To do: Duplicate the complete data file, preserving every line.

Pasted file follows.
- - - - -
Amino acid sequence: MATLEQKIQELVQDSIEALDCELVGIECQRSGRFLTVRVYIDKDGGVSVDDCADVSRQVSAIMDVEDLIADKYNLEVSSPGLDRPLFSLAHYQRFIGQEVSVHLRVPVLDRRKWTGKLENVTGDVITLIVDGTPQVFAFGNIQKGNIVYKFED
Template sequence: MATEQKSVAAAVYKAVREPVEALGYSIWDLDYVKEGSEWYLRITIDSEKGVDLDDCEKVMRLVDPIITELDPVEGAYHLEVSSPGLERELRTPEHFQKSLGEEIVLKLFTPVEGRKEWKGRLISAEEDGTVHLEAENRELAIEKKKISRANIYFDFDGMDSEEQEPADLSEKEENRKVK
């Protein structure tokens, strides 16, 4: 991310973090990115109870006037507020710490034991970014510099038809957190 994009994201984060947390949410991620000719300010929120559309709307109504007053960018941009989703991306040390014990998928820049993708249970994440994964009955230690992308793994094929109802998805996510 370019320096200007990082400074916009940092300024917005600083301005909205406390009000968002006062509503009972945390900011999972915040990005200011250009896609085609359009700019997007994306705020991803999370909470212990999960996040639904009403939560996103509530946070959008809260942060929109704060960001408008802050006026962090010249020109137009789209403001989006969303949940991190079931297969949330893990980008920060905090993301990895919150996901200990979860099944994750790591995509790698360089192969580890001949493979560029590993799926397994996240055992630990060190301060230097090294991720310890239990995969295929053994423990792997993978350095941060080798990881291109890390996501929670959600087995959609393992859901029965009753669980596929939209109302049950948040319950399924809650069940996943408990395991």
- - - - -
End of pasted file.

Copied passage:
Amino acid sequence: MATLEQKIQELVQDSIEALDCELVGIECQRSGRFLTVRVYIDKDGGVSVDDCADVSRQVSAIMDVEDLIADKYNLEVSSPGLDRPLFSLAHYQRFIGQEVSVHLRVPVLDRRKWTGKLENVTGDVITLIVDGTPQVFAFGNIQKGNIVYKFED
Template sequence: MATEQKSVAAAVYKAVREPVEALGYSIWDLDYVKEGSEWYLRITIDSEKGVDLDDCEKVMRLVDPIITELDPVEGAYHLEVSSPGLERELRTPEHFQKSLGEEIVLKLFTPVEGRKEWKGRLISAEEDGTVHLEAENRELAIEKKKISRANIYFDFDGMDSEEQEPADLSEKEENRKVK
């Protein structure tokens, strides 16, 4: 991310973090990115109870006037507020710490034991970014510099038809957190 994009994201984060947390949410991620000719300010929120559309709307109504007053960018941009989703991306040390014990998928820049993708249970994440994964009955230690992308793994094929109802998805996510 370019320096200007990082400074916009940092300024917005600083301005909205406390009000968002006062509503009972945390900011999972915040990005200011250009896609085609359009700019997007994306705020991803999370909470212990999960996040639904009403939560996103509530946070959008809260942060929109704060960001408008802050006026962090010249020109137009789209403001989006969303949940991190079931297969949330893990980008920060905090993301990895919150996901200990979860099944994750790591995509790698360089192969580890001949493979560029590993799926397994996240055992630990060190301060230097090294991720310890239990995969295929053994423990792997993978350095941060080798990881291109890390996501929670959600087995959609393992859901029965009753669980596929939209109302049950948040319950399924809650069940996943408990395991």